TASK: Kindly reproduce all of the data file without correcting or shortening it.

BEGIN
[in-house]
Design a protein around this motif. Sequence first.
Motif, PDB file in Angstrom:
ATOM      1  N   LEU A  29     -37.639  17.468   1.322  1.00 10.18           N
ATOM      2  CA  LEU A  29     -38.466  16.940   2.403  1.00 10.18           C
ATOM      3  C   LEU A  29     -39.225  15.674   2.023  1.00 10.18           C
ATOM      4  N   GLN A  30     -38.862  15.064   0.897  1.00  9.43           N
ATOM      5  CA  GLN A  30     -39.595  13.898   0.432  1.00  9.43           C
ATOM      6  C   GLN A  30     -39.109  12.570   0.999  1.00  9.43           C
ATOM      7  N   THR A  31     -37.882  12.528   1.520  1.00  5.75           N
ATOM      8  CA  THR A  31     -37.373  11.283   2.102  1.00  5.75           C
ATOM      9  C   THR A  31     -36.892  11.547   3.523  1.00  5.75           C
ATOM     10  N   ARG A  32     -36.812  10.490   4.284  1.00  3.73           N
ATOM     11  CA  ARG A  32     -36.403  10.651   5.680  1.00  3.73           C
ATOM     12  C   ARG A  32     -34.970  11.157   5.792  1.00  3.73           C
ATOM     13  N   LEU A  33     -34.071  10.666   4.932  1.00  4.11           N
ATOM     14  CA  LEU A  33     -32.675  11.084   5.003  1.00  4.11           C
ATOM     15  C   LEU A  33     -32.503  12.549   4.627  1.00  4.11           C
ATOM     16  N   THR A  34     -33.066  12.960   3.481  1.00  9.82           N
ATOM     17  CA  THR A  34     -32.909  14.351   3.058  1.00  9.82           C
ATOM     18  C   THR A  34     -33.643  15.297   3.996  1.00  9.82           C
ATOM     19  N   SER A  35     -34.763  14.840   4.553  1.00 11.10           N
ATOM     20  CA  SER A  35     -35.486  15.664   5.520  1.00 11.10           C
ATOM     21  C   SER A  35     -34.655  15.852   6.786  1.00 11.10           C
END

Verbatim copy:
[in-house]
Design a protein around this motif. Sequence first.
Motif, PDB file in Angstrom:
ATOM      1  N   LEU A  29     -37.639  17.468   1.322  1.00 10.18           N
ATOM      2  CA  LEU A  29     -38.466  16.940   2.403  1.00 10.18           C
ATOM      3  C   LEU A  29     -39.225  15.674   2.023  1.00 10.18           C
ATOM      4  N   GLN A  30     -38.862  15.064   0.897  1.00  9.43           N
ATOM      5  CA  GLN A  30     -39.595  13.898   0.432  1.00  9.43           C
ATOM      6  C   GLN A  30     -39.109  12.570   0.999  1.00  9.43           C
ATOM      7  N   THR A  31     -37.882  12.528   1.520  1.00  5.75           N
ATOM      8  CA  THR A  31     -37.373  11.283   2.102  1.00  5.75           C
ATOM      9  C   THR A  31     -36.892  11.547   3.523  1.00  5.75           C
ATOM     10  N   ARG A  32     -36.812  10.490   4.284  1.00  3.73           N
ATOM     11  CA  ARG A  32     -36.403  10.651   5.680  1.00  3.73           C
ATOM     12  C   ARG A  32     -34.970  11.157   5.792  1.00  3.73           C
ATOM     13  N   LEU A  33     -34.071  10.666   4.932  1.00  4.11           N
ATOM     14  CA  LEU A  33     -32.675  11.084   5.003  1.00  4.11           C
ATOM     15  C   LEU A  33     -32.503  12.549   4.627  1.00  4.11           C
ATOM     16  N   THR A  34     -33.066  12.960   3.481  1.00  9.82           N
ATOM     17  CA  THR A  34     -32.909  14.351   3.058  1.00  9.82           C
ATOM     18  C   THR A  34     -33.643  15.297   3.996  1.00  9.82           C
ATOM     19  N   SER A  35     -34.763  14.840   4.553  1.00 11.10           N
ATOM     20  CA  SER A  35     -35.486  15.664   5.520  1.00 11.10           C
ATOM     21  C   SER A  35     -34.655  15.852   6.786  1.00 11.10           C